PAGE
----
Few economic policies have been as hotly-debated as raising the minimum wage, and now that seven major U.S. cities have implemented increases in the last year, the race is on to assess their impact.
While many Republicans and business groups have opposed raising the wage floor on the grounds that employers will slow hiring or lay people off, major economic studies have found little negative impact on jobs. Yet because the increases passed in cities phasing in a $15 minimum wage—such as Seattle and San Francisco—are significantly bigger jumps than in the past, economists have said the old assumptions may not apply.
“For the minimum wage increases that we have really good data and really good scholarship on, there isn’t much of a tradeoff between increasing people’s wages and employment,” said Ben Zipperer, a research economist at Equitable Growth, a D.C. think tank started by veterans of the Clinton and Obama administrations. “That’s very much an open question about these new minimum-wage increases.”
The success or failure of the policies in cities raising the wage will frame the debate over the federal minimum wage, where the push by Democrats for an increase has stalled in the Republican-controlled Congress. Even a former chairman of President Obama’s Council of Economic Advisers, Alan Krueger, has cautioned recently that “a $15-an-hour national minimum wage would put us in uncharted waters, and risk undesirable and unintended consequences.”
Several economists said it’s too soon to get good data to evaluate the changes that went into effect earlier this year, but one conservative group is putting out a report on Friday that takes an early look at trends in the restaurant industry over the last several months. The paper by researchers at the American Action Forum found that growth in restaurant employment in cities that raised their minimum wage in 2015 was slower than in their respective states as a whole. Restaurant jobs since the spring in Seattle’s metropolitan area, for example, have grown just 0.6 percent since , while they have grown by 6 percent across Washington state. In San Francisco, restaurant jobs have risen by 1.4 percent compared to 3.4 percent in the surrounding area. (Seattle’s minimum wage rose by more than $1.50 to $11 an hour on its way to $15, while San Francisco’s is now $12.25, up from $11.05.)
“While cities continue to phase in large minimum wage hikes, the verdict is still out on how these policies will impact local employment,” wrote Ben Gitis, the group’s director of labor policy. “The early data, however, do indicate a slowing of restaurant employment growth.”
Another free-market oriented economist, Mark J. Perry of the American Enterprise Institute, has been looking at the same data from Seattle and drawing a similar conclusion. The sharp increase in the minimum wage, he wrote last month, is “one likely cause of the stagnation and decline in the Seattle area restaurant jobs this year” as compared to Washington state more broadly.
Left-leaning economists, however, dismissed the American Action Forum report, saying it was based on poor methodology and using preliminary data that could be revised significantly in the coming months. “Everything that they’re documenting could be statistical noise,” said David Cooper, an analyst at the liberal Economic Policy Institute.
Arindrajit Dube, an economist at the University of Massachusetts at Amherst who studies the minimum wage, said the strongest data comes from quarterly census reports that are published with several months worth of lag time. “It is simply not possible to reliably assess employment trends following minimum wage increases in cities like Seattle and San Francisco yet,” he wrote in an email. “Given data availability and reliability, I would essentially ignore any reports claiming to estimate employment effects from these policies.”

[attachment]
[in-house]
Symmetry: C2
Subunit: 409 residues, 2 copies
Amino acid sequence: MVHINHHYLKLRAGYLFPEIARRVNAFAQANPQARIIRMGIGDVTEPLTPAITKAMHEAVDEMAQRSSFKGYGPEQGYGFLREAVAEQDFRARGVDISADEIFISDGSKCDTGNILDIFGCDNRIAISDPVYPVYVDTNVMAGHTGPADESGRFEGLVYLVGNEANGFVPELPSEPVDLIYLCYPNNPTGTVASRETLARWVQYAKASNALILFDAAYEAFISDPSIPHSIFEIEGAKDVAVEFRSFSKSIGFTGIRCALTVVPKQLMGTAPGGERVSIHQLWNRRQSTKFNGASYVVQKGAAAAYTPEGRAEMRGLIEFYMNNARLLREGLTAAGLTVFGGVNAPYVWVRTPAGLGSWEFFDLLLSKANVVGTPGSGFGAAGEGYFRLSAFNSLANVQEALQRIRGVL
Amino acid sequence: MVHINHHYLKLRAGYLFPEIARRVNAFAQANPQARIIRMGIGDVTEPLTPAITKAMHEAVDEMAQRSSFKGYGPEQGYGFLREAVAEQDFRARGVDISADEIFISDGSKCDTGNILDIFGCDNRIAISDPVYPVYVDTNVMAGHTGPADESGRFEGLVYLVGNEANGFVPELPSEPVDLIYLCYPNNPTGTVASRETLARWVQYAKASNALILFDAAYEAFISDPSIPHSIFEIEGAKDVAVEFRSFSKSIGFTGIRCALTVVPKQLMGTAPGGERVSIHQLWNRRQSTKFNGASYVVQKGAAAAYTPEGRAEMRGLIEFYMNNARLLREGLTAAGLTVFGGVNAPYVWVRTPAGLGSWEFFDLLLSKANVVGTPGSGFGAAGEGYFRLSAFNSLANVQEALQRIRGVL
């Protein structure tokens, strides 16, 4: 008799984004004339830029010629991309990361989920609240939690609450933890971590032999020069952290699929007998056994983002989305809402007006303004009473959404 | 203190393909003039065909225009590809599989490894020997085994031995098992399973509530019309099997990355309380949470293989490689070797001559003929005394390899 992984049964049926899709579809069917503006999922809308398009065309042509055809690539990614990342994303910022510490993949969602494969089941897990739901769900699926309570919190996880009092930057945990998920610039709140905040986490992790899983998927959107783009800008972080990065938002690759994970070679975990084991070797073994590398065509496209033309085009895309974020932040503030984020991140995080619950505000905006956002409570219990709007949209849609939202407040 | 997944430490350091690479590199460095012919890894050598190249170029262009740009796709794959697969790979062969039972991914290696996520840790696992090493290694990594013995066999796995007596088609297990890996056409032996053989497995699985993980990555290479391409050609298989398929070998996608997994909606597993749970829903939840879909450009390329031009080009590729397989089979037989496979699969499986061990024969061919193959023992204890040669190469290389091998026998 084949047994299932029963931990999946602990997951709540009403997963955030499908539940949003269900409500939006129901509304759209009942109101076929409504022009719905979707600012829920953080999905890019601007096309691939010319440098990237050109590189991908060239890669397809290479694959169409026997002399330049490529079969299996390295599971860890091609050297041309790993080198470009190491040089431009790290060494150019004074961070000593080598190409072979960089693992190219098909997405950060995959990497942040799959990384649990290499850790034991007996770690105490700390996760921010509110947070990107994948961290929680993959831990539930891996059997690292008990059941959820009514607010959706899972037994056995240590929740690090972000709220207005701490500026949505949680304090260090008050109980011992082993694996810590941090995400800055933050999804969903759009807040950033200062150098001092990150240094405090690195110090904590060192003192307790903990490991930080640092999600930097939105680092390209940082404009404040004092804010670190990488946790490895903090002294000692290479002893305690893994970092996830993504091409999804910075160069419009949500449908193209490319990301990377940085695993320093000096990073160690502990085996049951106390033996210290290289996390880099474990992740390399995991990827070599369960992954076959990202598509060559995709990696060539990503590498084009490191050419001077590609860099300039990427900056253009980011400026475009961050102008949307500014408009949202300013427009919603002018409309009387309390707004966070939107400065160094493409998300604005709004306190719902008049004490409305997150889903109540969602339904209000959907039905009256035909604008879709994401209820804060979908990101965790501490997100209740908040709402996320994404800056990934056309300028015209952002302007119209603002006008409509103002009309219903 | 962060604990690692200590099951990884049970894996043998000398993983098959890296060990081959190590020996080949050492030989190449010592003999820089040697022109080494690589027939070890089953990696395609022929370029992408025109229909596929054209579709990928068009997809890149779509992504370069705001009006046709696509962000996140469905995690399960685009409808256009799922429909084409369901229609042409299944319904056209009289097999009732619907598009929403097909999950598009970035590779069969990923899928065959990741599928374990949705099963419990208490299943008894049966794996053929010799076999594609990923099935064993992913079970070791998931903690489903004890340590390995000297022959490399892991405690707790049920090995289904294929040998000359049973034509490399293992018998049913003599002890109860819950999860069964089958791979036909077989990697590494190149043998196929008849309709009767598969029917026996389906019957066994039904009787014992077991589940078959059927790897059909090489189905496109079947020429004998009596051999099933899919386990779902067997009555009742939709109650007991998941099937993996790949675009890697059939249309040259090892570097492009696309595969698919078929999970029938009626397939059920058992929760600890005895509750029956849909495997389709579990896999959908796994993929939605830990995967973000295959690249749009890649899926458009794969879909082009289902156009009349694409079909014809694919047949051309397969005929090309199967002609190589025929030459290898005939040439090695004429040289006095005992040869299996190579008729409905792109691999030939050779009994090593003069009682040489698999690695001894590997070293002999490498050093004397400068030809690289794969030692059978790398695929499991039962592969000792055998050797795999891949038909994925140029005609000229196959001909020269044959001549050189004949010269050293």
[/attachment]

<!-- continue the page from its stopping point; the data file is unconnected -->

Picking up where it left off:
Cooper and Zipperer also questioned the decision to compare urban areas like Seattle and San Francisco to their surrounding states, since their economies are quite different. Gitis said he wanted to be able to focus on the restaurant industry, since it includes nearly half of all workers earning the minimum wage. And he pointed to data showing that restaurant job growth in cities he examined, which also included Chicago and Washington D.C., had been significantly faster in the year prior to the implementation of the higher minimum wage. “When you do focus more specifically on the workers who will actually be impacted by the wage hike, the more likely you will find these negative employment trends,” Gitis told me.
For supporters of raising the minimum wage, a modest decrease in jobs might be a worthwhile tradeoff if it means that low-income workers can escape poverty and improve their quality of life. And an initial decrease in hiring could obscure other changes that further mitigate harm to businesses. “Employers hire fewer people, but at the same time, fewer people leave those jobs,” Zipperer said. “Those happen to even out, so there’s not much of an effect on the overall employment level.”
Gitis argued, however, that raising the floor doesn’t help the neediest people as much as other policies, like boosting the Earned Income Tax Credit. “You are transferring the money from people who either can’t find a job or are losing their job to people who are fortunate to keep their job,” Gitis said about the minimum wage. “Very few of the benefits go to people who are actually most in need.”
Still, he said that history shows that the restaurant industry usually “adjusts” over time. “I think this will be a big learning period,” Gitis said. “These minimum wage laws are just starting to be phased in.”
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